The researchers used data from the Education Longitudinal Study of 2002, a nationally representative dataset of 15,360 high school students. They looked at information reported by the students, students' parents, and teachers during the students' sophomore year, including whether parents and teachers expected students to go to college. This information was linked to academic expectations reported by students in their senior year of high school - specifically, whether they anticipated completing a college degree. The researchers also looked at demographics, such as race and ethnicity, socioeconomic status, and immigration status (first-generation, second-generation, and third-generation and beyond).

They found that academic social support was an important ingredient in the formation of college-going expectations and that second-generation Asian Americans had the strongest social support. However, the influence of parents, friends, and teachers was not uniform: second-generation Asian Americans benefited less - or sometimes not at all - from academic social support despite having parents and teachers with the highest expectations and friends who were the most academically oriented.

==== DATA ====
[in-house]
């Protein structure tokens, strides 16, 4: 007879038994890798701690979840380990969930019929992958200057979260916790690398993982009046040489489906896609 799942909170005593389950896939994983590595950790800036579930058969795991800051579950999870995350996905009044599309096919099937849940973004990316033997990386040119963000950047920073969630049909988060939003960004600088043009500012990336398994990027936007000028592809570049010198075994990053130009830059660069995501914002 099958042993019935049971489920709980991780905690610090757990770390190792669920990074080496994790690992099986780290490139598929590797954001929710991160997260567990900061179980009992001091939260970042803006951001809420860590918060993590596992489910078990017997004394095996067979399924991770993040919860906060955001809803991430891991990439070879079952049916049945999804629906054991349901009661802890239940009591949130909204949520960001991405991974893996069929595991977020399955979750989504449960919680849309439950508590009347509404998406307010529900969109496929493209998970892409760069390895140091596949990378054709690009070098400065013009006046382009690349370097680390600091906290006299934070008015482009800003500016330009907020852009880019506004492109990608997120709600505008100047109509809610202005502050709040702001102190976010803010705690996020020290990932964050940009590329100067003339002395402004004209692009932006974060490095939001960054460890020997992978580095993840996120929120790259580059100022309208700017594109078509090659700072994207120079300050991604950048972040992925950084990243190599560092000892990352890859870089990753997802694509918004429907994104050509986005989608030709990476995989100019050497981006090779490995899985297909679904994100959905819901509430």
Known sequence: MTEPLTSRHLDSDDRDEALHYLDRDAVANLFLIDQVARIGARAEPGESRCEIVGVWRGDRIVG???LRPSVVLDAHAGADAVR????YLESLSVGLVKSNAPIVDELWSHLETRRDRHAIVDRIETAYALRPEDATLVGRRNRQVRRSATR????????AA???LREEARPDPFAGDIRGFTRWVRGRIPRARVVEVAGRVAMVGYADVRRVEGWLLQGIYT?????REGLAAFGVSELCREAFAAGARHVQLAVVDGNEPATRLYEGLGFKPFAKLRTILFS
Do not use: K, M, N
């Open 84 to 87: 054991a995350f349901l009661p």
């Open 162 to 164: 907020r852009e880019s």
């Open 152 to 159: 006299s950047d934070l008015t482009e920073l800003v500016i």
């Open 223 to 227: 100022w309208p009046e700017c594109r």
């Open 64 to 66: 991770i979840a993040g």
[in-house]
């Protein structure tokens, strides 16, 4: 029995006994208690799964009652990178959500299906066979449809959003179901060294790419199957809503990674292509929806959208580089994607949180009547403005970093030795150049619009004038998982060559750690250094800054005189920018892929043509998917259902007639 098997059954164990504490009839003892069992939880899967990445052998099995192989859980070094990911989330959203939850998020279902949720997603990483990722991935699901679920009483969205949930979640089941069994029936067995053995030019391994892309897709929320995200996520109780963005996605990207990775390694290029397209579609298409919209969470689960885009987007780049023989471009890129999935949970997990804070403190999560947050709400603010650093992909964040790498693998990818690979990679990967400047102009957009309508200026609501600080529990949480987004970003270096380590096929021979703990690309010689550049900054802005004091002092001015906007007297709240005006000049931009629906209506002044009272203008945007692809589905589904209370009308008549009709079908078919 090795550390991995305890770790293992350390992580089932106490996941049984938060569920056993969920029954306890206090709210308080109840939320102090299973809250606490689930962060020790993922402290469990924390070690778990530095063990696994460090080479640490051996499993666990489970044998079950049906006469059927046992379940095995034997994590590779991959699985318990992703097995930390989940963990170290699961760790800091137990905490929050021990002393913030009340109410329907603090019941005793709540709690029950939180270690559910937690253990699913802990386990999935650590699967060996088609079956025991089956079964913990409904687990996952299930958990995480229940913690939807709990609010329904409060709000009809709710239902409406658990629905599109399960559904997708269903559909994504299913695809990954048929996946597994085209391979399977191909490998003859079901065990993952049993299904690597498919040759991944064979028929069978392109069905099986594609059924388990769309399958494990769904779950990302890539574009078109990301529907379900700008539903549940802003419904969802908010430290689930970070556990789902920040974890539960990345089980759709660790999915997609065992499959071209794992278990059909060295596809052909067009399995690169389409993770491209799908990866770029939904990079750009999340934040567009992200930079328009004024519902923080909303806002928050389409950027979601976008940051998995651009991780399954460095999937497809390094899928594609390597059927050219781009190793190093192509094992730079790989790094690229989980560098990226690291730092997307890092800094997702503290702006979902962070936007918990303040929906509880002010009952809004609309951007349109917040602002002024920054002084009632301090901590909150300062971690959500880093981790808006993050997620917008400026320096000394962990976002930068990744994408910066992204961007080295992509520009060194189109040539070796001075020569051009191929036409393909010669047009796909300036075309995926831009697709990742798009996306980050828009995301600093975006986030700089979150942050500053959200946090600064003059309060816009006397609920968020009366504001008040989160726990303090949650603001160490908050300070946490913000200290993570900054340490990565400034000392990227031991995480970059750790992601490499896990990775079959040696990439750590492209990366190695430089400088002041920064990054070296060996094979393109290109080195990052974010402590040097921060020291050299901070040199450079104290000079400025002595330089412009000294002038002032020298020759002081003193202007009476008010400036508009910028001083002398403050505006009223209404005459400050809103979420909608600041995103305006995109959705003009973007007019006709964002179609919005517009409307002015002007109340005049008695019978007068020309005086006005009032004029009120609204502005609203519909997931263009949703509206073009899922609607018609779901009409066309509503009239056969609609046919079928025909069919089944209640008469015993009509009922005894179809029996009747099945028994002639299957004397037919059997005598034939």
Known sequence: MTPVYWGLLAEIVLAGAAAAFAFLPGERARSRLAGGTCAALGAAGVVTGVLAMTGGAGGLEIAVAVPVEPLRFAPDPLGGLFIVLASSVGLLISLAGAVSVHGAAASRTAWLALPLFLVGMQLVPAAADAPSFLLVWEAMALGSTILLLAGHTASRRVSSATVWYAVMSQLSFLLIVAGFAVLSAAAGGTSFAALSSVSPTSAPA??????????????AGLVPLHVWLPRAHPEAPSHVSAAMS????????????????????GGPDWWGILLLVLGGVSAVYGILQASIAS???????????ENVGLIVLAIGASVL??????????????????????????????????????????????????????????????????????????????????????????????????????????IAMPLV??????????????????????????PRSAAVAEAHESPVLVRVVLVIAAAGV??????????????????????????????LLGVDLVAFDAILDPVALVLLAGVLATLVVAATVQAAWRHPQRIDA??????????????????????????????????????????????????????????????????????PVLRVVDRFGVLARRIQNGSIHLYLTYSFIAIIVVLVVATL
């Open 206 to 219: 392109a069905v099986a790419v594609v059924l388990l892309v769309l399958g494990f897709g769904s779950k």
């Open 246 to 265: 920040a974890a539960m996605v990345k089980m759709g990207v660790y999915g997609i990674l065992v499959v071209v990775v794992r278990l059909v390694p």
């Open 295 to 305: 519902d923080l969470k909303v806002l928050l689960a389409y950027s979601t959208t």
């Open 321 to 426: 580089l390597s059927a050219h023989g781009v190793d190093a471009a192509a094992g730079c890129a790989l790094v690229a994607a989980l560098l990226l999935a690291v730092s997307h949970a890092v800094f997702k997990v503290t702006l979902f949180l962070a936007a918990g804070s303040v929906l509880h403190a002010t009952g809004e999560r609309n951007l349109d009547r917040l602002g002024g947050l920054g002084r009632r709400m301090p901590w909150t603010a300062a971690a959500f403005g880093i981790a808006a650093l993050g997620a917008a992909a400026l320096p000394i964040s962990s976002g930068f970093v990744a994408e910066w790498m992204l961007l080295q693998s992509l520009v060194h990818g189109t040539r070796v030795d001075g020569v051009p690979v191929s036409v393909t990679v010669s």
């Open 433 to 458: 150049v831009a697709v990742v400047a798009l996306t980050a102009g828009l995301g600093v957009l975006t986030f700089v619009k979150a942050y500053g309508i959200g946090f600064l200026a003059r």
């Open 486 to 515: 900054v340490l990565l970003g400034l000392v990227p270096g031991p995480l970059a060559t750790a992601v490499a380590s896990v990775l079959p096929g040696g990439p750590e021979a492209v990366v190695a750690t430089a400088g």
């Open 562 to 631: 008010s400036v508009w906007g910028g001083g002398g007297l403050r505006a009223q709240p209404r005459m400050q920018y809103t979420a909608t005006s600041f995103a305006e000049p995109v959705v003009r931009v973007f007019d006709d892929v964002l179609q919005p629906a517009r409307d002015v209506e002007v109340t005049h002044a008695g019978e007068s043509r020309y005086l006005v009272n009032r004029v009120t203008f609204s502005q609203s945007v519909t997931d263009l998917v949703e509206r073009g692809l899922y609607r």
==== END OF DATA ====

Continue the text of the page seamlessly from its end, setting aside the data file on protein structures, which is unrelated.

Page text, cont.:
For example, second-generation Asian Americans who had the highest level of support actually had lower probabilities of going to college, at 74 percent, compared to their peers with lower levels of support, at 83 percent. In contrast, third-generation Whites who had the highest level of support had 3 percent higher probabilities of expecting to go to college than did their peers with less support.

In addition to second-generation Asian Americans, parents of all generations of Latino students, third-generation Black students, and second-generation White students had significantly higher academic expectations compared to parents of third-generation White students.

Teacher's academic expectations also varied on students based on students' backgrounds. Both first- and second-generation Asian Americans and White students had teachers with higher expectations compared to third-generation White students. Teachers had significantly lower expectations towards Latino and Black students from all generations.